Aquarium Lighting Pointers Using LEDs and More

Aquarium Lighting Pointers Using LEDs and More

The art and hobby of tropical and planted aquariums is a timed honored tradition that has seen tremendous growth in recent years. This is most evident in aquarium lighting, where new technologies have made the task of keeping fish and plants alive and thriving in a tank easier than ever. If you’re a first-time aquarium keeper, here are some tips on how to safely light it for aesthetic and utilitarian purposes. Be advised, you can’t just go to the hardware store and pick any light bulb you choose—you might just end up killing your plants and fish, many of which are sensitive to light. 

Go for LED tubes For many years, fluorescent tubes have been the de facto standard in aquarium lighting, but they present a few caveats. For starters, they generate UV light, which can harm fish and plants. Second, they get hot, which can affect your tank’s water temperature, making it susceptible to algae growth—it’s why you’ll see some planted tanks with elaborate air-cooling mechanisms. LED tubes are the answer to both these problems. They emit generous amounts of light, all while keeping very cool temperatures. LED tubes are basically tubes with small LEDs inside, and come in a wide range of sizes and lengths, perfect for any size of tank.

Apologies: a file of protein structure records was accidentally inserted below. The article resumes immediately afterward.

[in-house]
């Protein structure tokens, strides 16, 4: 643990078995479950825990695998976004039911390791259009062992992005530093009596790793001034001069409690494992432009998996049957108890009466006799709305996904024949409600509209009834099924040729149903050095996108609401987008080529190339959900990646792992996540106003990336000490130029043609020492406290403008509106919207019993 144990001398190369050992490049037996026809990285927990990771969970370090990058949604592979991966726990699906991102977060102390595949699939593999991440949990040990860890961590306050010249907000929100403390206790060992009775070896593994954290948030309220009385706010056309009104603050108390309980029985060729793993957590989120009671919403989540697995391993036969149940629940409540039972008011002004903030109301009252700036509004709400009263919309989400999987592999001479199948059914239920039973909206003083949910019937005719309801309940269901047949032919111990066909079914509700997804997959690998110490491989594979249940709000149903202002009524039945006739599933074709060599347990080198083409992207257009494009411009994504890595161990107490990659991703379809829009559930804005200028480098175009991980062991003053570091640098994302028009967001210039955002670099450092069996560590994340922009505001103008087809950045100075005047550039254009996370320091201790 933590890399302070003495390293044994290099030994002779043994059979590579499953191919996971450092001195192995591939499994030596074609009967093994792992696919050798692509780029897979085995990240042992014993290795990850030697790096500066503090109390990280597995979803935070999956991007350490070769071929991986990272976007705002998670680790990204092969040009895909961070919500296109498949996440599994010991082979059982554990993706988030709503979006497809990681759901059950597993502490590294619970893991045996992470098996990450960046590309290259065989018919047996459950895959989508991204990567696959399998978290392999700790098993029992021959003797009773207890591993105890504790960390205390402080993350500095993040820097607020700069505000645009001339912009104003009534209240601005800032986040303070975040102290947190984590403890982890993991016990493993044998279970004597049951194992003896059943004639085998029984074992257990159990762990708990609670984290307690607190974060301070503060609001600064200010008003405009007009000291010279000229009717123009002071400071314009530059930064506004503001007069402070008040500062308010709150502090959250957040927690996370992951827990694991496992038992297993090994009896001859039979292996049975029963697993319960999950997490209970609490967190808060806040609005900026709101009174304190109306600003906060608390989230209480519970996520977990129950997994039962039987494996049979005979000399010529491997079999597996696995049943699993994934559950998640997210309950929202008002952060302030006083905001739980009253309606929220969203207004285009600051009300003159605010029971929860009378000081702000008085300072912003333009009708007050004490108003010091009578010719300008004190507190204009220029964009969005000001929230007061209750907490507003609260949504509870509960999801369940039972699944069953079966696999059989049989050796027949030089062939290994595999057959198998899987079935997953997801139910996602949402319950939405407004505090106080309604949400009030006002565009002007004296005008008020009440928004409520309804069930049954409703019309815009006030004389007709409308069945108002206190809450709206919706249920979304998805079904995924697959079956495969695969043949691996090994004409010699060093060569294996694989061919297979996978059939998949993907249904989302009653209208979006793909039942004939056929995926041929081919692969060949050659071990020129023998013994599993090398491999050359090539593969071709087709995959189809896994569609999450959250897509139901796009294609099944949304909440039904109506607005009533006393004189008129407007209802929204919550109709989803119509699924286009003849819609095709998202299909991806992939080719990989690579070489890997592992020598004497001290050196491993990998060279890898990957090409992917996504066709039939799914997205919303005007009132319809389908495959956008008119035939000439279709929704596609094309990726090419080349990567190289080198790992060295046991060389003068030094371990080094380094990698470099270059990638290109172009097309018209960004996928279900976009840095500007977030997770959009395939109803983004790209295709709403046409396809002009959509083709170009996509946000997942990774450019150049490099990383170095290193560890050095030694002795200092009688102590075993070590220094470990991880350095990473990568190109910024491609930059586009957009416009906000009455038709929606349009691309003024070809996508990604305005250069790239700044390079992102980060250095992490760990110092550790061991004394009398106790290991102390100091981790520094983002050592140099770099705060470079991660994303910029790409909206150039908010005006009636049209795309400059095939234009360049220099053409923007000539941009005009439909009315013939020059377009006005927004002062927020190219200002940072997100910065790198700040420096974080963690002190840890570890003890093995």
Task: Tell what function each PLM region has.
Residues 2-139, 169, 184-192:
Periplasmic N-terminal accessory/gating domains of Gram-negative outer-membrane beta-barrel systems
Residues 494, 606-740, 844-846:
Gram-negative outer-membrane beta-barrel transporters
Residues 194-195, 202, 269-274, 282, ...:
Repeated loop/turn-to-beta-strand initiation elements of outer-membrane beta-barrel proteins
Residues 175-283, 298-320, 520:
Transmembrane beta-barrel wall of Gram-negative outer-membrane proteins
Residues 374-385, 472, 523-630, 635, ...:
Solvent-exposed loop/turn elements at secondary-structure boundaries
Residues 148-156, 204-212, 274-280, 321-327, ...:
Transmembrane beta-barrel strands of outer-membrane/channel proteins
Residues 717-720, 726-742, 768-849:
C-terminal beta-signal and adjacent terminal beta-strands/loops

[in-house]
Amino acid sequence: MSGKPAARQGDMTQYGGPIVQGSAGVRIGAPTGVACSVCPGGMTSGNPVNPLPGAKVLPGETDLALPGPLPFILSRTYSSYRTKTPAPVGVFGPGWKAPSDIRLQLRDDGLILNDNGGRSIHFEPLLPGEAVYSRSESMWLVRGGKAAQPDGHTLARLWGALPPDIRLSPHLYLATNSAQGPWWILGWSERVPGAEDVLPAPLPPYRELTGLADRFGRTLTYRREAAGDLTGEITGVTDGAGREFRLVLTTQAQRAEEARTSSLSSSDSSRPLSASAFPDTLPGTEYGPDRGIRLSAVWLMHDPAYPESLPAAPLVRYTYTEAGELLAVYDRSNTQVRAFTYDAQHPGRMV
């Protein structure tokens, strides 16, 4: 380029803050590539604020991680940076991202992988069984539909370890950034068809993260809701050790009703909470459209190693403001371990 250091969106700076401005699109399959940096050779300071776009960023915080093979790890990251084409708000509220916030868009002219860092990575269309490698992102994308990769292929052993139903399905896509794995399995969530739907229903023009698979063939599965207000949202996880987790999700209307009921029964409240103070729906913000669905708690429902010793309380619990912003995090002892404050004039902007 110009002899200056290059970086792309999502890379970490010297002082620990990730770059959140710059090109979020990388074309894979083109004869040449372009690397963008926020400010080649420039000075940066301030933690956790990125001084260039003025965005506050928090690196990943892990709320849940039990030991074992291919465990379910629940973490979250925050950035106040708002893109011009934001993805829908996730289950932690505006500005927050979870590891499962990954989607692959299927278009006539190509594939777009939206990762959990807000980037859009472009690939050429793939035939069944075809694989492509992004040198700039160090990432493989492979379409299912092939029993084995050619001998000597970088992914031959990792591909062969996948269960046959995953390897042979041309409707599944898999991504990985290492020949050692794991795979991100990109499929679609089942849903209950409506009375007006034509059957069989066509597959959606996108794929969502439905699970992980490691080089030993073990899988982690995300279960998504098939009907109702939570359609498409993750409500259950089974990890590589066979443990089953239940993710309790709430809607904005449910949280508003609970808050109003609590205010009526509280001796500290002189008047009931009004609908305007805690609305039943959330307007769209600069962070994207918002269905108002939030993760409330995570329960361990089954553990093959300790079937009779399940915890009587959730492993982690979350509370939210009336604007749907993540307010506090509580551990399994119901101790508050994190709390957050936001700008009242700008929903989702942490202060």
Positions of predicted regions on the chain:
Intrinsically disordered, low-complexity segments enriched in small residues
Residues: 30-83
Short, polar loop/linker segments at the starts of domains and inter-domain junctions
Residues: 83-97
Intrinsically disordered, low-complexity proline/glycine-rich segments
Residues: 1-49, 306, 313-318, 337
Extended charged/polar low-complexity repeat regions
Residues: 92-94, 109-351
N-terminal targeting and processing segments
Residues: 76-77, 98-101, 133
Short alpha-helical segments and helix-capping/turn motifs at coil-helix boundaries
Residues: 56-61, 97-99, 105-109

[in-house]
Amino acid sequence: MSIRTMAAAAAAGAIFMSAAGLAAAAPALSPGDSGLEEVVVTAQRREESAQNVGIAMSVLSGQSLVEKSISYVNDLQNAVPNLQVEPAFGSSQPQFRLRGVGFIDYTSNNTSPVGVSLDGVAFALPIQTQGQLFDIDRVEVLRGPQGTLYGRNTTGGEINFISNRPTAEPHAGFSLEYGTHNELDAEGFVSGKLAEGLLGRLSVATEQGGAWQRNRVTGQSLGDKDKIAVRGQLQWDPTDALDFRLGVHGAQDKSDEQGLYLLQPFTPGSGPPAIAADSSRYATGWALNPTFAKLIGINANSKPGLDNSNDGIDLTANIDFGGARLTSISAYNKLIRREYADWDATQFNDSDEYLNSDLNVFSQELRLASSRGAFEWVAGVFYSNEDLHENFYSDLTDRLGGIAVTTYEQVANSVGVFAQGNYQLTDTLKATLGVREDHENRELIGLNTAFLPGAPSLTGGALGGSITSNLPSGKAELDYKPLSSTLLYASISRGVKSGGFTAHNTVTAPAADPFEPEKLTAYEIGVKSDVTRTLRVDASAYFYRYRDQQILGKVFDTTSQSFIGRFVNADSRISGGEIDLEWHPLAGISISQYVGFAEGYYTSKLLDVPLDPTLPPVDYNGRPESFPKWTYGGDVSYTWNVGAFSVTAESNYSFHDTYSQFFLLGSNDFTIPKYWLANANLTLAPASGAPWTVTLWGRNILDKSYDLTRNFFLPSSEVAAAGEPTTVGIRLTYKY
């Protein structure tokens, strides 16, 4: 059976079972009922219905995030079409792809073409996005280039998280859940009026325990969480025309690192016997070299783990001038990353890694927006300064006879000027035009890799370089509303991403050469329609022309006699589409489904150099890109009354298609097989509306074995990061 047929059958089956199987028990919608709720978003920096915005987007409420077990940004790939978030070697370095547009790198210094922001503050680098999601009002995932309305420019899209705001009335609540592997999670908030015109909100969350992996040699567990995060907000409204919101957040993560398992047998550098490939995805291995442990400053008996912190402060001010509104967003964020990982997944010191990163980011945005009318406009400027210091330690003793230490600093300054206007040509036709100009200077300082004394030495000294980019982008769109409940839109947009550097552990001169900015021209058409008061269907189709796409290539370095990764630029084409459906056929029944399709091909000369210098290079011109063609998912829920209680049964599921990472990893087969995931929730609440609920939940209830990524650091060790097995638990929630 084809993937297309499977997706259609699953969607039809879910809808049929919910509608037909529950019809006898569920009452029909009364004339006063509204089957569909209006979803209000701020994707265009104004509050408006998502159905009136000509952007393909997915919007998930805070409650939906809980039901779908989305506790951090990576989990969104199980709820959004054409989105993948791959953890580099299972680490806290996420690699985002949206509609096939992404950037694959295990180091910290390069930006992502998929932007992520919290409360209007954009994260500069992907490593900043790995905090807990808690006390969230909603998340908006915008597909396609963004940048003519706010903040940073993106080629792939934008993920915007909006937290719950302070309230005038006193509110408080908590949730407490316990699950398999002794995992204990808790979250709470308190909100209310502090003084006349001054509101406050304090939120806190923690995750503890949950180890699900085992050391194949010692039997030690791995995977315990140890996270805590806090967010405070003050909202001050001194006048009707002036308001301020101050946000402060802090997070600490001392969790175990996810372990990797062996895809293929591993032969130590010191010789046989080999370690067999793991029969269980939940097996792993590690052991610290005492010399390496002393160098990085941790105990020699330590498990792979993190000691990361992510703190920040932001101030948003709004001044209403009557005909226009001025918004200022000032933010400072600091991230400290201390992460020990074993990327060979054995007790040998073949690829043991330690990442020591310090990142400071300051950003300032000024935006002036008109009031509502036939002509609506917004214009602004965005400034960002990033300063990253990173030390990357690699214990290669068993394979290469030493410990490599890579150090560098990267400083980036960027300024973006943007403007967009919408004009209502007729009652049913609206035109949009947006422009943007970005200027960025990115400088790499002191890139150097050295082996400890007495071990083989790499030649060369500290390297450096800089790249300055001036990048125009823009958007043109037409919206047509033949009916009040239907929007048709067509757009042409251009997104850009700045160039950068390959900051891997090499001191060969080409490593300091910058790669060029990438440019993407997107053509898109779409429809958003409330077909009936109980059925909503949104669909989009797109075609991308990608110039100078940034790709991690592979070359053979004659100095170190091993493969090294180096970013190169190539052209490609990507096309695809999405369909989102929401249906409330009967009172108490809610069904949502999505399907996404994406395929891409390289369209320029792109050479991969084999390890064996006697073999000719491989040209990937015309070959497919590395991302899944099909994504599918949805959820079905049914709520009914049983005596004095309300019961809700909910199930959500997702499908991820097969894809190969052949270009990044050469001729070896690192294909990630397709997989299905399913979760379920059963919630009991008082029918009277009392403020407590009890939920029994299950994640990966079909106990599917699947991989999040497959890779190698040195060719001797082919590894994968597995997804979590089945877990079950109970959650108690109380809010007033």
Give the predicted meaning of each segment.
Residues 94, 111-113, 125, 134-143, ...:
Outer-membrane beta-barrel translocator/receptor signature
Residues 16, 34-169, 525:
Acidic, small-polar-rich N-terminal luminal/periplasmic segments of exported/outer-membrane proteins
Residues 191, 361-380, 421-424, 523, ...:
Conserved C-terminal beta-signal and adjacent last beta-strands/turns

Light your tank from behind Backlighting is a flattering way of lighting your aquarium, creating interesting shadows and a sense of depth and texture, especially when viewed in a dark room. If you can’t use LED light bulbs, be sure to place a few inches of space between your light source and the glass, the better to avoid increasing your water temperature. 

Use overhead lights Overhead lighting, or hanging a light above the water, is the most basic way of lighting an aquarium. Just be sure to have a stable fixture that secures the light source to avoid access and possible electrocution. Your best bet is to place a barrier between the light source and the tank—like a mesh panel—to prevent the bulb or tube from falling into the water. For more tips and ideas on what LEDs to light your aquarium with, contact the LiquidlEDs team!

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